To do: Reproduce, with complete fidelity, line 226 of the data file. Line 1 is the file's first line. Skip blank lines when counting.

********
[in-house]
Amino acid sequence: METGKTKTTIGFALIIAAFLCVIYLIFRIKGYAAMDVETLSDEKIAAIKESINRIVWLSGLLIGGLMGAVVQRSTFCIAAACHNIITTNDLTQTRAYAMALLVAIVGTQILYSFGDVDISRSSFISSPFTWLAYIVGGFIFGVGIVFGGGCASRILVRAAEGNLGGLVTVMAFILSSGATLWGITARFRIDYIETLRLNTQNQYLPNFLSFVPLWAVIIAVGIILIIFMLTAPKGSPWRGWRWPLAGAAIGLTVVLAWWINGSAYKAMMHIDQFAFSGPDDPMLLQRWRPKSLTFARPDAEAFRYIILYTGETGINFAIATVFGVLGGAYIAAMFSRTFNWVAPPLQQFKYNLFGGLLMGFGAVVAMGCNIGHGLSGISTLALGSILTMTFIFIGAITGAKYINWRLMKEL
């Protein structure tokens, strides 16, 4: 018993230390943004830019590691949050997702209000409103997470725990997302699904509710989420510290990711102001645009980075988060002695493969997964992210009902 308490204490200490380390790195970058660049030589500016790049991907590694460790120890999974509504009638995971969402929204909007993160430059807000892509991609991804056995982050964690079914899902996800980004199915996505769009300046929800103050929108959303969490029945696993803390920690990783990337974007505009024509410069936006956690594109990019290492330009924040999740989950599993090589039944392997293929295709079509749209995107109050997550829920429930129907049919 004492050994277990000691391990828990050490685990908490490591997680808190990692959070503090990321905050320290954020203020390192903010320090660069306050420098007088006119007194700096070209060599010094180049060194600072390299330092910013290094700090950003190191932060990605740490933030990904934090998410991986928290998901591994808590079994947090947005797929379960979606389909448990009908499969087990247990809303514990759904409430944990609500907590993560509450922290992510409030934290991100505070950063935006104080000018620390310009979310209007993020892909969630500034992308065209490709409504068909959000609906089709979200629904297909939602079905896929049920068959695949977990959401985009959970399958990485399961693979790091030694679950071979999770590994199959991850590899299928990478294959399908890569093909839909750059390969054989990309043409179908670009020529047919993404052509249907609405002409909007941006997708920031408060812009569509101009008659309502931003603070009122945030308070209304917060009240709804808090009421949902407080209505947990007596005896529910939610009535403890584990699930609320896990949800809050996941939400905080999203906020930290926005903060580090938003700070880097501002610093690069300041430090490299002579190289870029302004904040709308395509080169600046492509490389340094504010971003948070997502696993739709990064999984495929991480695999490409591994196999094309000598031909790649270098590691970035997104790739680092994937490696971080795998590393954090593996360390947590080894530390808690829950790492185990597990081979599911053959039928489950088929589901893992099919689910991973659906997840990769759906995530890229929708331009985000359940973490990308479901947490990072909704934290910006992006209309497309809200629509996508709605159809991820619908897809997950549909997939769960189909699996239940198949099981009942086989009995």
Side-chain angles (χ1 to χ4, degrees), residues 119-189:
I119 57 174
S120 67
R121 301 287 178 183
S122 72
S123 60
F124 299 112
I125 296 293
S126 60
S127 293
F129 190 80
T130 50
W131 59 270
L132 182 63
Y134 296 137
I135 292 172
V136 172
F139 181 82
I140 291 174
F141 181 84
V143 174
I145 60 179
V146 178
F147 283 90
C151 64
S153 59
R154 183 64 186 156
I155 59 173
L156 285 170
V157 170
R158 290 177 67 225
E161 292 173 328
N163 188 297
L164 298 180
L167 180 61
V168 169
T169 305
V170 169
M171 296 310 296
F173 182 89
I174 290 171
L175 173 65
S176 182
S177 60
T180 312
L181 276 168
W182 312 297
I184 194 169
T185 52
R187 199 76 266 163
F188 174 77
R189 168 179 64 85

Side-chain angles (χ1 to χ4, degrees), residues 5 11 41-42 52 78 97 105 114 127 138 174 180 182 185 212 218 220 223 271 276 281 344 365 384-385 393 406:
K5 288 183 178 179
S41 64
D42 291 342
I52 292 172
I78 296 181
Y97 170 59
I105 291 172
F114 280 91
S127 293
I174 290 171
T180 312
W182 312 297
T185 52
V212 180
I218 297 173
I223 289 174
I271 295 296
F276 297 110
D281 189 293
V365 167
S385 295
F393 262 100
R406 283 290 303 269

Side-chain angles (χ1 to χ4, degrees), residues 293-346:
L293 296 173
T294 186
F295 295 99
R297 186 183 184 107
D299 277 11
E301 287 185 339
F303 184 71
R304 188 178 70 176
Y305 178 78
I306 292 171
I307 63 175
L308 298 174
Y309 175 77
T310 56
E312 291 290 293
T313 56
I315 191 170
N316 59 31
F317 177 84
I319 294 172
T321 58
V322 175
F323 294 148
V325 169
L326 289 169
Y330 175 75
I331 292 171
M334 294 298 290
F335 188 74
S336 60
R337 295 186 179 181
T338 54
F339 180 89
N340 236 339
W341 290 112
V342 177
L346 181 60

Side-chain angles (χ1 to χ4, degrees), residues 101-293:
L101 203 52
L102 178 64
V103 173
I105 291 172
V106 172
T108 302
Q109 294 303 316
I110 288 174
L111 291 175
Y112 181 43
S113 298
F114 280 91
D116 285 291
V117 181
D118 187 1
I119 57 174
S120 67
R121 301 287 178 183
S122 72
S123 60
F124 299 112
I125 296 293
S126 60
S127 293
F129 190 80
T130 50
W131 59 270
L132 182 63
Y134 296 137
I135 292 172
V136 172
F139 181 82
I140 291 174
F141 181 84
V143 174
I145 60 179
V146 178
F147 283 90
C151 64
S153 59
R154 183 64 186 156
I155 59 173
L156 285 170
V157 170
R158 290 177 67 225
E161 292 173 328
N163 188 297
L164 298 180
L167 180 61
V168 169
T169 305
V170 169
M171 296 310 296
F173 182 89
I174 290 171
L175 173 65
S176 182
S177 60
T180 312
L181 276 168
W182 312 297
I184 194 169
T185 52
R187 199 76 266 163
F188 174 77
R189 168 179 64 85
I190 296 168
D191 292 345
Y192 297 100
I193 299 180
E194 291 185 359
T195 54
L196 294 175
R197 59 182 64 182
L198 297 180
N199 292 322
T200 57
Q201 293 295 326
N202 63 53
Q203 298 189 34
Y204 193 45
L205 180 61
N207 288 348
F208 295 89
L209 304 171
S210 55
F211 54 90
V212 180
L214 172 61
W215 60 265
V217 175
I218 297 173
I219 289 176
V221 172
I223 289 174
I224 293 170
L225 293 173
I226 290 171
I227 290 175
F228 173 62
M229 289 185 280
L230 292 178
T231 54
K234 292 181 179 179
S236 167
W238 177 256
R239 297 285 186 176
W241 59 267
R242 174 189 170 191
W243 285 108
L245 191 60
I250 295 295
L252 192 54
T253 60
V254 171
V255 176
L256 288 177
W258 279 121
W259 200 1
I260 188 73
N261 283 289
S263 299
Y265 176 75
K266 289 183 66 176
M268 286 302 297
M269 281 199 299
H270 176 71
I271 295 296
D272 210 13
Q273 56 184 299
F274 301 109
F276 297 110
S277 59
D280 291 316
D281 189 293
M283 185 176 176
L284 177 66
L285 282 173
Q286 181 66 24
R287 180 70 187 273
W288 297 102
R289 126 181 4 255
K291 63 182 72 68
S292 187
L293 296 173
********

W241 59 267